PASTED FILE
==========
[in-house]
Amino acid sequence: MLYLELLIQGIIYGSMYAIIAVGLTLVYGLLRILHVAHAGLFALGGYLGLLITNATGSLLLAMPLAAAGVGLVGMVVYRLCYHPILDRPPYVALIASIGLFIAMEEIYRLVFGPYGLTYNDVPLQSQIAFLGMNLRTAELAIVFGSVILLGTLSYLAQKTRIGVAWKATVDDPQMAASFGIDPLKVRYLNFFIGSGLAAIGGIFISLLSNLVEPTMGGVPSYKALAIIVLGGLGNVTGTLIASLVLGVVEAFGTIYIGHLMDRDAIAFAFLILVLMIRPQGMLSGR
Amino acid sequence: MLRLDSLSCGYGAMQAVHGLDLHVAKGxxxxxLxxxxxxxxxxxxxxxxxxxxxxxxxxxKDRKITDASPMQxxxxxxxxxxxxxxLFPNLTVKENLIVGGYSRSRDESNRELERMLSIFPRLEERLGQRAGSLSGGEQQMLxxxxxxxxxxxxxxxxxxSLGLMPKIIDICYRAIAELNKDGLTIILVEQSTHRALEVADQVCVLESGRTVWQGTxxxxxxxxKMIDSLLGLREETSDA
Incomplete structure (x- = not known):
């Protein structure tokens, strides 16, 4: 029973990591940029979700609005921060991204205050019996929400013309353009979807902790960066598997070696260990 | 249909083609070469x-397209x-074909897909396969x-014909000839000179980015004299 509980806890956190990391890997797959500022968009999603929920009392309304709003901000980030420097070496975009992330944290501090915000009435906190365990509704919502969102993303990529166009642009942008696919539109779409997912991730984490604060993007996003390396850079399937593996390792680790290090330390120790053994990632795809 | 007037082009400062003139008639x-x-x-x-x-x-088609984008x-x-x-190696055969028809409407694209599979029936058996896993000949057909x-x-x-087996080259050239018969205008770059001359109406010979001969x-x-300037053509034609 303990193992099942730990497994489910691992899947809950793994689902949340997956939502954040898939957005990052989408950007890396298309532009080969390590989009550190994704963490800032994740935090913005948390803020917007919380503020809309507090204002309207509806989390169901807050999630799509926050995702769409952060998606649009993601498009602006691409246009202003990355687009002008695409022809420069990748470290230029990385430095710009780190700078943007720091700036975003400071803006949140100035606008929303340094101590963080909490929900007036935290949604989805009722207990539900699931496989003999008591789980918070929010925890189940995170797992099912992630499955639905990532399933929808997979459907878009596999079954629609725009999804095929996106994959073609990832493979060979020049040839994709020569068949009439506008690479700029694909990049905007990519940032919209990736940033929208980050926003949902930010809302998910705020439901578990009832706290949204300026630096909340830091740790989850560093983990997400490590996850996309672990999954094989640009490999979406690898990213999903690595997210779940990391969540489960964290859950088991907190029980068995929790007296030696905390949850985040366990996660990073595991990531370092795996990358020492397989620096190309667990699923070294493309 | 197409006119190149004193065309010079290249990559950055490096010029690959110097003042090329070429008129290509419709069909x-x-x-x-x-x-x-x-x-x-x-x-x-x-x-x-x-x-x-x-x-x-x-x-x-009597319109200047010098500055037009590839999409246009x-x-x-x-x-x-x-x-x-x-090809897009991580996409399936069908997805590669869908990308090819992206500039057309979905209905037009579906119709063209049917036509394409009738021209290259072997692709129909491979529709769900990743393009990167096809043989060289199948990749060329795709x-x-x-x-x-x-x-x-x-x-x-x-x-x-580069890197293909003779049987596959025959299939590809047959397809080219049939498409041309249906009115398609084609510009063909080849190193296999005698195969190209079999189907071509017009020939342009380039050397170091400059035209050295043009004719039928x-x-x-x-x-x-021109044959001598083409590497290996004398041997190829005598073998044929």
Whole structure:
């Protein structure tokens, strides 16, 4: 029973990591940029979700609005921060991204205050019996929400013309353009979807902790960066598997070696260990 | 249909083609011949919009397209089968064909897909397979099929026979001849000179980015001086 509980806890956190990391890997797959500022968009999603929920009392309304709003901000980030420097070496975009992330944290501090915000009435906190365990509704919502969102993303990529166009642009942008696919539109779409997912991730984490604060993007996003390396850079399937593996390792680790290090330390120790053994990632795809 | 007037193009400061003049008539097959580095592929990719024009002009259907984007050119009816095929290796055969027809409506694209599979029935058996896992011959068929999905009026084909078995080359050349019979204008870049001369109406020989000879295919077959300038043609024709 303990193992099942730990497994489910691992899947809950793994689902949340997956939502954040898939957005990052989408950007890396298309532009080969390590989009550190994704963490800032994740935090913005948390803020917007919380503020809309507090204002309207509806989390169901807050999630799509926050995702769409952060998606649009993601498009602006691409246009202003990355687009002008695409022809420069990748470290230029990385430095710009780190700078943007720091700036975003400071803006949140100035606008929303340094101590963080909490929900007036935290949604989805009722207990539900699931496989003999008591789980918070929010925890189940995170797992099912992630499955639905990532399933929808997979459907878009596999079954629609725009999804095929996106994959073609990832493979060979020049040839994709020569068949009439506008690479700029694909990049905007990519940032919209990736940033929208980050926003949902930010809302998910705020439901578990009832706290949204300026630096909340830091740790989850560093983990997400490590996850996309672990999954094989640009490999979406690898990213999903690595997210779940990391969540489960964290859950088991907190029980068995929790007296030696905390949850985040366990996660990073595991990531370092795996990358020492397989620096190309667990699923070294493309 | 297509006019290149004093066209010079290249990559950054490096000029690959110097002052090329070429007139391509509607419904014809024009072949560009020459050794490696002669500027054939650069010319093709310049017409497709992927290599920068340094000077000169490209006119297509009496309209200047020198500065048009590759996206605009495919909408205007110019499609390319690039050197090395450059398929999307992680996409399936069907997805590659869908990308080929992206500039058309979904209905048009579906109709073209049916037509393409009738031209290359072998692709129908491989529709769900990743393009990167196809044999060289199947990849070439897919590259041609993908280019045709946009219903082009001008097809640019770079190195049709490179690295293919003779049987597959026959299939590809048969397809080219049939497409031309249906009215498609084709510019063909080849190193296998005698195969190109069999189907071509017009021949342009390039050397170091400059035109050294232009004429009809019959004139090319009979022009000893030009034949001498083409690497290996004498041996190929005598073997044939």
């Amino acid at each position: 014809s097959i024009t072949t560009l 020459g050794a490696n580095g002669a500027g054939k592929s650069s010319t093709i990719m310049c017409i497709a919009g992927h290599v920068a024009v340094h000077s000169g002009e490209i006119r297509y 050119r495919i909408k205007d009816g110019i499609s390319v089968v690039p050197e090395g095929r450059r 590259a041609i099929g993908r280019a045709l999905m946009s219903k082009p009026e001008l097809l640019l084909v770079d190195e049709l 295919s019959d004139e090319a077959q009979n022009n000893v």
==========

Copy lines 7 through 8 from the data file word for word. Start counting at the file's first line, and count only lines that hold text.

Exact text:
């Protein structure tokens, strides 16, 4: 029973990591940029979700609005921060991204205050019996929400013309353009979807902790960066598997070696260990 | 249909083609011949919009397209089968064909897909397979099929026979001849000179980015001086 509980806890956190990391890997797959500022968009999603929920009392309304709003901000980030420097070496975009992330944290501090915000009435906190365990509704919502969102993303990529166009642009942008696919539109779409997912991730984490604060993007996003390396850079399937593996390792680790290090330390120790053994990632795809 | 007037193009400061003049008539097959580095592929990719024009002009259907984007050119009816095929290796055969027809409506694209599979029935058996896992011959068929999905009026084909078995080359050349019979204008870049001369109406020989000879295919077959300038043609024709 303990193992099942730990497994489910691992899947809950793994689902949340997956939502954040898939957005990052989408950007890396298309532009080969390590989009550190994704963490800032994740935090913005948390803020917007919380503020809309507090204002309207509806989390169901807050999630799509926050995702769409952060998606649009993601498009602006691409246009202003990355687009002008695409022809420069990748470290230029990385430095710009780190700078943007720091700036975003400071803006949140100035606008929303340094101590963080909490929900007036935290949604989805009722207990539900699931496989003999008591789980918070929010925890189940995170797992099912992630499955639905990532399933929808997979459907878009596999079954629609725009999804095929996106994959073609990832493979060979020049040839994709020569068949009439506008690479700029694909990049905007990519940032919209990736940033929208980050926003949902930010809302998910705020439901578990009832706290949204300026630096909340830091740790989850560093983990997400490590996850996309672990999954094989640009490999979406690898990213999903690595997210779940990391969540489960964290859950088991907190029980068995929790007296030696905390949850985040366990996660990073595991990531370092795996990358020492397989620096190309667990699923070294493309 | 297509006019290149004093066209010079290249990559950054490096000029690959110097002052090329070429007139391509509607419904014809024009072949560009020459050794490696002669500027054939650069010319093709310049017409497709992927290599920068340094000077000169490209006119297509009496309209200047020198500065048009590759996206605009495919909408205007110019499609390319690039050197090395450059398929999307992680996409399936069907997805590659869908990308080929992206500039058309979904209905048009579906109709073209049916037509393409009738031209290359072998692709129908491989529709769900990743393009990167196809044999060289199947990849070439897919590259041609993908280019045709946009219903082009001008097809640019770079190195049709490179690295293919003779049987597959026959299939590809048969397809080219049939497409031309249906009215498609084709510019063909080849190193296998005698195969190109069999189907071509017009021949342009390039050397170091400059035109050294232009004429009809019959004139090319009979022009000893030009034949001498083409690497290996004498041996190929005598073997044939």
């Amino acid at each position: 014809s097959i024009t072949t560009l 020459g050794a490696n580095g002669a500027g054939k592929s650069s010319t093709i990719m310049c017409i497709a919009g992927h290599v920068a024009v340094h000077s000169g002009e490209i006119r297509y 050119r495919i909408k205007d009816g110019i499609s390319v089968v690039p050197e090395g095929r450059r 590259a041609i099929g993908r280019a045709l999905m946009s219903k082009p009026e001008l097809l640019l084909v770079d190195e049709l 295919s019959d004139e090319a077959q009979n022009n000893v």